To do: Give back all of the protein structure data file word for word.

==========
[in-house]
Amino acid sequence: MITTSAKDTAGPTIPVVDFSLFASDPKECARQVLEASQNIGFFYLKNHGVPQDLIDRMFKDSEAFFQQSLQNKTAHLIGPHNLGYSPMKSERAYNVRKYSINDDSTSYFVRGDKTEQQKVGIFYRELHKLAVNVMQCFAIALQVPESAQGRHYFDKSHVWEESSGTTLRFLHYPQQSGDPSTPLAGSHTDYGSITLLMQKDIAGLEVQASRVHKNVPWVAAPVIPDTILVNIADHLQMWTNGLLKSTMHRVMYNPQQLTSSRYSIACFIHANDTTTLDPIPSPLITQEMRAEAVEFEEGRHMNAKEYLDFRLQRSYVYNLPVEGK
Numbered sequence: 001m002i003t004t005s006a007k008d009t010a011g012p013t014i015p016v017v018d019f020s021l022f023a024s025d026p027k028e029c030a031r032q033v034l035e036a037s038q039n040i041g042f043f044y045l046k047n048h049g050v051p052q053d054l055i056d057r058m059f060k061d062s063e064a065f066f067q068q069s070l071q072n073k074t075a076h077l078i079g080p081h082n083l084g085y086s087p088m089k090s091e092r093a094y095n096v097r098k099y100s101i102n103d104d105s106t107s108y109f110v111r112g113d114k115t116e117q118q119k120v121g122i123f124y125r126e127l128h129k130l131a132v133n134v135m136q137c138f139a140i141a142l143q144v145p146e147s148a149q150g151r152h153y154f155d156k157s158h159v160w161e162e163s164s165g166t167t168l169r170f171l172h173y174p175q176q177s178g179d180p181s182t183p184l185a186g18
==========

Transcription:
[in-house]
Amino acid sequence: MITTSAKDTAGPTIPVVDFSLFASDPKECARQVLEASQNIGFFYLKNHGVPQDLIDRMFKDSEAFFQQSLQNKTAHLIGPHNLGYSPMKSERAYNVRKYSINDDSTSYFVRGDKTEQQKVGIFYRELHKLAVNVMQCFAIALQVPESAQGRHYFDKSHVWEESSGTTLRFLHYPQQSGDPSTPLAGSHTDYGSITLLMQKDIAGLEVQASRVHKNVPWVAAPVIPDTILVNIADHLQMWTNGLLKSTMHRVMYNPQQLTSSRYSIACFIHANDTTTLDPIPSPLITQEMRAEAVEFEEGRHMNAKEYLDFRLQRSYVYNLPVEGK
Numbered sequence: 001m002i003t004t005s006a007k008d009t010a011g012p013t014i015p016v017v018d019f020s021l022f023a024s025d026p027k028e029c030a031r032q033v034l035e036a037s038q039n040i041g042f043f044y045l046k047n048h049g050v051p052q053d054l055i056d057r058m059f060k061d062s063e064a065f066f067q068q069s070l071q072n073k074t075a076h077l078i079g080p081h082n083l084g085y086s087p088m089k090s091e092r093a094y095n096v097r098k099y100s101i102n103d104d105s106t107s108y109f110v111r112g113d114k115t116e117q118q119k120v121g122i123f124y125r126e127l128h129k130l131a132v133n134v135m136q137c138f139a140i141a142l143q144v145p146e147s148a149q150g151r152h153y154f155d156k157s158h159v160w161e162e163s164s165g166t167t168l169r170f171l172h173y174p175q176q177s178g179d180p181s182t183p184l185a186g18